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of great and brilliant theaters entirely devoted to the worship of ballet, of dancers more revered than were the pale saints of the ikons, of the present day, of Taglioni, Elssler, Grisi and Cerito. Vivid names, like notes of music. She shut her eyes and saw a long procession of ballerinas, silver-shod, more palely graceful than swans, garlanded with the dark leaves of laurel and bay, dancing correctly throughout the years, tireless, smiling, immortal.

"And now, we will talk of these Russian verbs."

"No, no! Not verbs, dancers. Please teil me more."

"What else do you want me to teil you? That a dancer must live with the austerity of a trained athlete? That a dancer must deny herself those things so essential to other women—a home, a husband, children? I have already told you that the theater must be your home, that you will in all probability have no husband, and that your children can only be the little notes of music to which you weave your steps."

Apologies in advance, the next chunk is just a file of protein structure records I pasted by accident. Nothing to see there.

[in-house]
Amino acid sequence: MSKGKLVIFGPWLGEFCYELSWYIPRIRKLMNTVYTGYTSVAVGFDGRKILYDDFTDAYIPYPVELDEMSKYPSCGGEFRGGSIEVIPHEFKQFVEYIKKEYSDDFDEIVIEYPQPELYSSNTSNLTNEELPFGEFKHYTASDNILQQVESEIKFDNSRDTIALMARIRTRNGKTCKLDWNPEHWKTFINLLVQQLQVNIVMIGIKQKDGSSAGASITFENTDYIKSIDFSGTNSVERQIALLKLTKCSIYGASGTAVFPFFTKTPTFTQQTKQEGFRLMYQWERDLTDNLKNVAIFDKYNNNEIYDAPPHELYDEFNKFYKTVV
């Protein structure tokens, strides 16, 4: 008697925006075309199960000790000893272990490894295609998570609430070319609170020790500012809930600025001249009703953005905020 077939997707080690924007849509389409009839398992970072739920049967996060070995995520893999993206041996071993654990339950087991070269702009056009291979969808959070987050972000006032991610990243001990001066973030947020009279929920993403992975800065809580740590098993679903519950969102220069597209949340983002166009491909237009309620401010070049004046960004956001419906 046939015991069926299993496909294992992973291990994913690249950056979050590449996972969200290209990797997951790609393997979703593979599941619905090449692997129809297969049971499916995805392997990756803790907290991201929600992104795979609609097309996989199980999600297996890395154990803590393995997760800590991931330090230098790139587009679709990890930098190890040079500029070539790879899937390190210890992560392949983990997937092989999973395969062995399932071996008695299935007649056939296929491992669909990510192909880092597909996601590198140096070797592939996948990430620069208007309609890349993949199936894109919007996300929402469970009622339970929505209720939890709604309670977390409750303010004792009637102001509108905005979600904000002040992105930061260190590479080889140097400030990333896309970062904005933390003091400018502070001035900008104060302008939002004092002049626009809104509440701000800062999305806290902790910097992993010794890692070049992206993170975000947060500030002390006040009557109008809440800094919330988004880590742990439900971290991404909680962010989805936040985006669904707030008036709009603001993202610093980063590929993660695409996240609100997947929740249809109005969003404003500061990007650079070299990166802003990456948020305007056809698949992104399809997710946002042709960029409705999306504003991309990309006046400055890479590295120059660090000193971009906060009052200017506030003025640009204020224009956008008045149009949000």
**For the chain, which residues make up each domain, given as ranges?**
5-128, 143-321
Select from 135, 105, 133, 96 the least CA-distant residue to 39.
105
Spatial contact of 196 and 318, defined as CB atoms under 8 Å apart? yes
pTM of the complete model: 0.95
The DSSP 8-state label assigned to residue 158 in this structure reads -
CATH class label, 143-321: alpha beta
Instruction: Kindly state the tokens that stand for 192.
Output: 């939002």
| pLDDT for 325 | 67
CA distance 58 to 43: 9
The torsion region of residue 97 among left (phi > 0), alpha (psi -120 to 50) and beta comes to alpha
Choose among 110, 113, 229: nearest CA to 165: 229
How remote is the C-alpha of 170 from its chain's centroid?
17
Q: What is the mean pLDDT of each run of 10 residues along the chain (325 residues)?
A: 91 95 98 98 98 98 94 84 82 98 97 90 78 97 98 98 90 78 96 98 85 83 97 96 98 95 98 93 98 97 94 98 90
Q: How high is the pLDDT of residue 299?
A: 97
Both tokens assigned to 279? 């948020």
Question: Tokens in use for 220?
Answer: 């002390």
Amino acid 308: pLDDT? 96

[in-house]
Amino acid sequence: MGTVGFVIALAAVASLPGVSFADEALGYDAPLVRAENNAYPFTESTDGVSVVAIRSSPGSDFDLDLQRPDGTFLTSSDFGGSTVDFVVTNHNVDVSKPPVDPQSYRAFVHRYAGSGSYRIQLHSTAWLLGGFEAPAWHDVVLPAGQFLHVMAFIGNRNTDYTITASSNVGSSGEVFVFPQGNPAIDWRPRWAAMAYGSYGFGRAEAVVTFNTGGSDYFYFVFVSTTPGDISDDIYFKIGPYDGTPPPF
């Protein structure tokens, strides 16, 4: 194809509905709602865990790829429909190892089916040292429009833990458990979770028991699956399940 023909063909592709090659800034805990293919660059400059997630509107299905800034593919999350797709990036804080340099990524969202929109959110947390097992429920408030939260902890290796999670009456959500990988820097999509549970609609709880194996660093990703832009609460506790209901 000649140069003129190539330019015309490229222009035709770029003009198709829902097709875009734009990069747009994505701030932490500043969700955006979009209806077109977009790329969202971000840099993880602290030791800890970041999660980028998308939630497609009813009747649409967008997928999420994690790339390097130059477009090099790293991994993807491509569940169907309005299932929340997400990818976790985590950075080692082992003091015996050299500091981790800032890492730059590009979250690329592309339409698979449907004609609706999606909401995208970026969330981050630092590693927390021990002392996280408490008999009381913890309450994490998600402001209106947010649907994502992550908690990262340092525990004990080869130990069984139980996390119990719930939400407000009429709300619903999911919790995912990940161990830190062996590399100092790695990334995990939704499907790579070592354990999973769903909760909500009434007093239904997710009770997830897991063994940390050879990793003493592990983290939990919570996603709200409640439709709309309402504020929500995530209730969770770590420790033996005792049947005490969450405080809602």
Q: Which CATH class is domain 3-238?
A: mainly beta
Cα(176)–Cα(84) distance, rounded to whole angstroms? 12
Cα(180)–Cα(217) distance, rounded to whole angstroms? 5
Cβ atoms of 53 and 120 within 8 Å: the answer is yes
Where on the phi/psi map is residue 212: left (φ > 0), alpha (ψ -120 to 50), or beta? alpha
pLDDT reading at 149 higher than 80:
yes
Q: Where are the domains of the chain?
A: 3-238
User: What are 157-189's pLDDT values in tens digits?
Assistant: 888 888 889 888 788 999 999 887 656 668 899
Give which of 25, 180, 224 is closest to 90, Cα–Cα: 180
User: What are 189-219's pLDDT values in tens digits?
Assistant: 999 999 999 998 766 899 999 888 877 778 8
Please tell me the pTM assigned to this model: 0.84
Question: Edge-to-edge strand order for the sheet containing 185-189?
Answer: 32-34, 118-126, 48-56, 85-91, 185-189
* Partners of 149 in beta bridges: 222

And so he talked, desperately serious, all the more determined to convince this novice because he, who had lived so long, had seen too many ballerinas wrecked for love. He said, diplomatically sprinkling her powder with jam: "Later on, if you want a protector, a solid wealthy man, then take one. But your heart, that you must never lose. Never, never. Those things are not for you."

But Lina was not attracted by the idea of a protector, however solid, however wealthy. Nor, like most young girls, had she any pretty dreams of a vague, fairy-tale lover who would one day inevitably come to claim her. Nurdo had unconsciously taught her to think of love as an overrated business, and she was still too ignorant to realize that she had never loved the juggler.

She said happily: "I don't want to lose my heart. I never will. And now teil me some more, much more, about the ballet."

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